Motor vehicle throughput and curbside parking frequently outweigh safety considerations in road designs. While this is starting to change, we still need to push local governments to implement the safest road designs.
By banding together and speaking up for safety, we can ensure that our streets are made safer now, rather than in years or decades. Just as an example, without the work of bike advocates like the bike union, [former Boston] Mayor [Tom] Menino never would have created the Boston Bikes department, or begun building the bike network. In 2007 when Boston Bikes was created, Boston was ranked one of the worst cities for biking in the United States. Since then, we’ve pushed the city to transform our streets, turning Boston into one of the best cities for biking in the US.
Similarly, the recent progress on pop-up protected bike lanes in Cambridge was thanks to the incredible organizing of local advocates, who mobilized hundreds of people to push their city councilors to commit to rapidly implementing a connected network of protected bike lanes.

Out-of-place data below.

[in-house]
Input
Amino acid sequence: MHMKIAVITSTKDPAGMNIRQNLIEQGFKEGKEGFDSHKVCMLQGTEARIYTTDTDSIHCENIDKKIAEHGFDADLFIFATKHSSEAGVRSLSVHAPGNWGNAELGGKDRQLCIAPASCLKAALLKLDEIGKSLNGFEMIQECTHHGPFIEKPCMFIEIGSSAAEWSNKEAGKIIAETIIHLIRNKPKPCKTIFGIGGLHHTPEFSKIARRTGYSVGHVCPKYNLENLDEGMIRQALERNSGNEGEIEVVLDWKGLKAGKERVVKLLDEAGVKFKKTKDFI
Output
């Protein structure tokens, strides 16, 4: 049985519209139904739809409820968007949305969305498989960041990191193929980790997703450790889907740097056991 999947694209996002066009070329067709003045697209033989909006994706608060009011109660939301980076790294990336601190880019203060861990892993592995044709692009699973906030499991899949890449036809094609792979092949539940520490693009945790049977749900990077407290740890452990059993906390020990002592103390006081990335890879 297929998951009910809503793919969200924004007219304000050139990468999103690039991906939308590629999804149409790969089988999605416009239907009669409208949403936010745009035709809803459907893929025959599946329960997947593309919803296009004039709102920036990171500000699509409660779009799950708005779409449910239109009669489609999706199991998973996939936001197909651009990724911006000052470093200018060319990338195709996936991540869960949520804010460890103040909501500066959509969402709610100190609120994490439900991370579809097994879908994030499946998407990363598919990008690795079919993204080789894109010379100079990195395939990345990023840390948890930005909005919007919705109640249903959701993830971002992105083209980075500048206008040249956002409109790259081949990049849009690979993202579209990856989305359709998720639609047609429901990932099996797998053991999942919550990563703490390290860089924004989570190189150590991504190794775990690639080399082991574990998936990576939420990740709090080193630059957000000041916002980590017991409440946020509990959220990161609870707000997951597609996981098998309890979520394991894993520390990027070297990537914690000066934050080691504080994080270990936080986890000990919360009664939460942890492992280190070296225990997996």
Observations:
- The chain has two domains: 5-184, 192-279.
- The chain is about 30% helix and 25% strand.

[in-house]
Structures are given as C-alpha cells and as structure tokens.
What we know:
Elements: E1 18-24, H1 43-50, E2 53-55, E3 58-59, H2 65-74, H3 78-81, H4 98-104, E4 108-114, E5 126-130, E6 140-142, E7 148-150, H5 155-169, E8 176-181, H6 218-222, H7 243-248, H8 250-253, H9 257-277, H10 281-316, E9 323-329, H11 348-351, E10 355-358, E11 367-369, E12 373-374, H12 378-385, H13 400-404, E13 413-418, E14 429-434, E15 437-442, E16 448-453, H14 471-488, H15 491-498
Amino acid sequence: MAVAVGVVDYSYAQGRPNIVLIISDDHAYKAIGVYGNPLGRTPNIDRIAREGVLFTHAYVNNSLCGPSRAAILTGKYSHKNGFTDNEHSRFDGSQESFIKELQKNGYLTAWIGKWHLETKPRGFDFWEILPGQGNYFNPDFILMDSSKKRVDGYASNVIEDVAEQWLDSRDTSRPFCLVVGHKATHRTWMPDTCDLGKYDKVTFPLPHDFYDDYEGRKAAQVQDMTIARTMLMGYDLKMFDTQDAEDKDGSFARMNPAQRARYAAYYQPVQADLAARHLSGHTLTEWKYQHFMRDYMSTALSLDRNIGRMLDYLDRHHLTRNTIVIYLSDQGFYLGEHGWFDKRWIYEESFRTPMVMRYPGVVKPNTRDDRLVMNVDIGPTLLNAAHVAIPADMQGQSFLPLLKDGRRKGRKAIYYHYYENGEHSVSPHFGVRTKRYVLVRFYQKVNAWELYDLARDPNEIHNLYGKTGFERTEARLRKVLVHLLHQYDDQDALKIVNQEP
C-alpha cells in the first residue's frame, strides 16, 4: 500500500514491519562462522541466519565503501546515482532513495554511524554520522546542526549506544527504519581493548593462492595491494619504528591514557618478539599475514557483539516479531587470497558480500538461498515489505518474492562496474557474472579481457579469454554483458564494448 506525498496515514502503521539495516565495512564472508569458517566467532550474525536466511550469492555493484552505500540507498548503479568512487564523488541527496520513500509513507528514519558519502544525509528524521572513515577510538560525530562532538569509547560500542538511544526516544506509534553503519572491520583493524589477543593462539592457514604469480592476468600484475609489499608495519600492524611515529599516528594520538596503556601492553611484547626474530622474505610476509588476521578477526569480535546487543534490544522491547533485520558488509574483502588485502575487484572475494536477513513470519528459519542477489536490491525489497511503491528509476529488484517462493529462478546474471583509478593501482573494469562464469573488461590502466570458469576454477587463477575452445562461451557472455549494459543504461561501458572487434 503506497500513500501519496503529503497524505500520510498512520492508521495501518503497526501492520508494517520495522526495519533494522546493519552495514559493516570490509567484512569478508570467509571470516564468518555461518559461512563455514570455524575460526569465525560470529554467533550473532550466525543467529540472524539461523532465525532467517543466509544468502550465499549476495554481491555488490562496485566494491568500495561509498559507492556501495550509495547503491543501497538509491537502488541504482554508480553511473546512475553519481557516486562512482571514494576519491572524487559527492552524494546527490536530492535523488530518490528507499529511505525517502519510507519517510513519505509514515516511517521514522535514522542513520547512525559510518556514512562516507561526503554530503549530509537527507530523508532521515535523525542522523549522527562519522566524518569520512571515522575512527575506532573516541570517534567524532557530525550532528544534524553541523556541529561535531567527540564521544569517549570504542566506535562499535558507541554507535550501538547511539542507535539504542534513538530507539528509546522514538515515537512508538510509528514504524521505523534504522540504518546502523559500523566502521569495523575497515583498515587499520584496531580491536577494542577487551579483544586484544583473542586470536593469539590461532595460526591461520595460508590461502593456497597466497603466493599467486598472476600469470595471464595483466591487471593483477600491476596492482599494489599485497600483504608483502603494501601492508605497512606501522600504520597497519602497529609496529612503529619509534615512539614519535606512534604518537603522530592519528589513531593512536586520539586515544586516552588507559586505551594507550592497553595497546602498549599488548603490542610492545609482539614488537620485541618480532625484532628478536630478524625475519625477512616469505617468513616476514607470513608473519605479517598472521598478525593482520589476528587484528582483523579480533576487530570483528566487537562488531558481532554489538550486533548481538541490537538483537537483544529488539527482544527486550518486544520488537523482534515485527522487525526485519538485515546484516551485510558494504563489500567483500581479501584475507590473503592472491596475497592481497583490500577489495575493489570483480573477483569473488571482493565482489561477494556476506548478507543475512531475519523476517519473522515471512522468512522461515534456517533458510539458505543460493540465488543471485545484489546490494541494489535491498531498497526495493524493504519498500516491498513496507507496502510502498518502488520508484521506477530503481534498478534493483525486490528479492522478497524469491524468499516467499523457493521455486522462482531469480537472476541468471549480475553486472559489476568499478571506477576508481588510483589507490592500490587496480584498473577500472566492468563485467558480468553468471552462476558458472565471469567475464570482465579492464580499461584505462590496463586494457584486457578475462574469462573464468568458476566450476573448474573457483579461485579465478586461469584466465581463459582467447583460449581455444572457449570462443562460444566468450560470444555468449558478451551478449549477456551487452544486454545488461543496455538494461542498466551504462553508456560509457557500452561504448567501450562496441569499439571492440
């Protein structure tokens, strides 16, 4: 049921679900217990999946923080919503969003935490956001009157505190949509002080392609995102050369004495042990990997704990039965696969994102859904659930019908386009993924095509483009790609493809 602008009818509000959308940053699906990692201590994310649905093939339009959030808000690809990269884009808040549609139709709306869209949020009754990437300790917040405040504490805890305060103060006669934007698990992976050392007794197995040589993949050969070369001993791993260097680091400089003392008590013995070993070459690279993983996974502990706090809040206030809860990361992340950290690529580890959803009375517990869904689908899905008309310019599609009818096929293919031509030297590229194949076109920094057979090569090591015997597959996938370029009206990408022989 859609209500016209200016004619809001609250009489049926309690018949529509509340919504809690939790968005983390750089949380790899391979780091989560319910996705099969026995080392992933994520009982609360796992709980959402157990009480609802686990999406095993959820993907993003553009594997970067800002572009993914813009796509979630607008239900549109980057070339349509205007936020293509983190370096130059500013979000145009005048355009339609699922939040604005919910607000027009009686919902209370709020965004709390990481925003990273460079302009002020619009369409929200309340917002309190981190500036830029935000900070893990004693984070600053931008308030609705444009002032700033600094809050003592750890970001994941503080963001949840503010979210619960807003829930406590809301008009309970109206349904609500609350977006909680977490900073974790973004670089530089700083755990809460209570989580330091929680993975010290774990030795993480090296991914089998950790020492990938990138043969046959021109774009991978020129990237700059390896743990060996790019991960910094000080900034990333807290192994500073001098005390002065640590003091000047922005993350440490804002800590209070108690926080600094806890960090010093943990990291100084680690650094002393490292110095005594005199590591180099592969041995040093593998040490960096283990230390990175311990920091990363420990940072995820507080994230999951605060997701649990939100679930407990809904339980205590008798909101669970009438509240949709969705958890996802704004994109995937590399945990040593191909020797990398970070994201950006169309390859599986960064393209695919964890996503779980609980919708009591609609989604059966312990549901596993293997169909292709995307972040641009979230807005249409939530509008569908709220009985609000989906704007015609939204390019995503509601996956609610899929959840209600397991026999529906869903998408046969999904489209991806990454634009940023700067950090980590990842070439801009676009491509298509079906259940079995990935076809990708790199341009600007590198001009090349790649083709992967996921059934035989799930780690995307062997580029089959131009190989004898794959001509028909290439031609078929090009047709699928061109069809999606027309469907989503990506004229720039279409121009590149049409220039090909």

Why is it that tacos and bikes seem to go pretty well together?
Many people ride bikes because it’s convenient. Similarly, tacos are an extremely convenient way to make food. They’re quick to make and easy to eat, not to mention delicious.
Biking is practical, tacos are practical. Practical people like practical things. Bikes and tacos were made for one another.
Why is it so important that people hit the assigned taco joints in appropriate order?
There may be over 200 people participating in this event, if we all go to the same taquerias at the same time, it will be overwhelmed. Going to taquerias in the assigned order will help ensure the lines are short and everyone will get their tacos in a timely manner.
Are there any especially accessible bathrooms along the route that you might recommend to participants?
All participating taquerias have bathrooms that are available to customers!
TACO TOUR 2017. SUN 9.10. STARTS AT 12:30PM IN COPLEY SQ, BOSTON. TACOTOUR2017.EVENTBRITE.COM FOR TICKETS.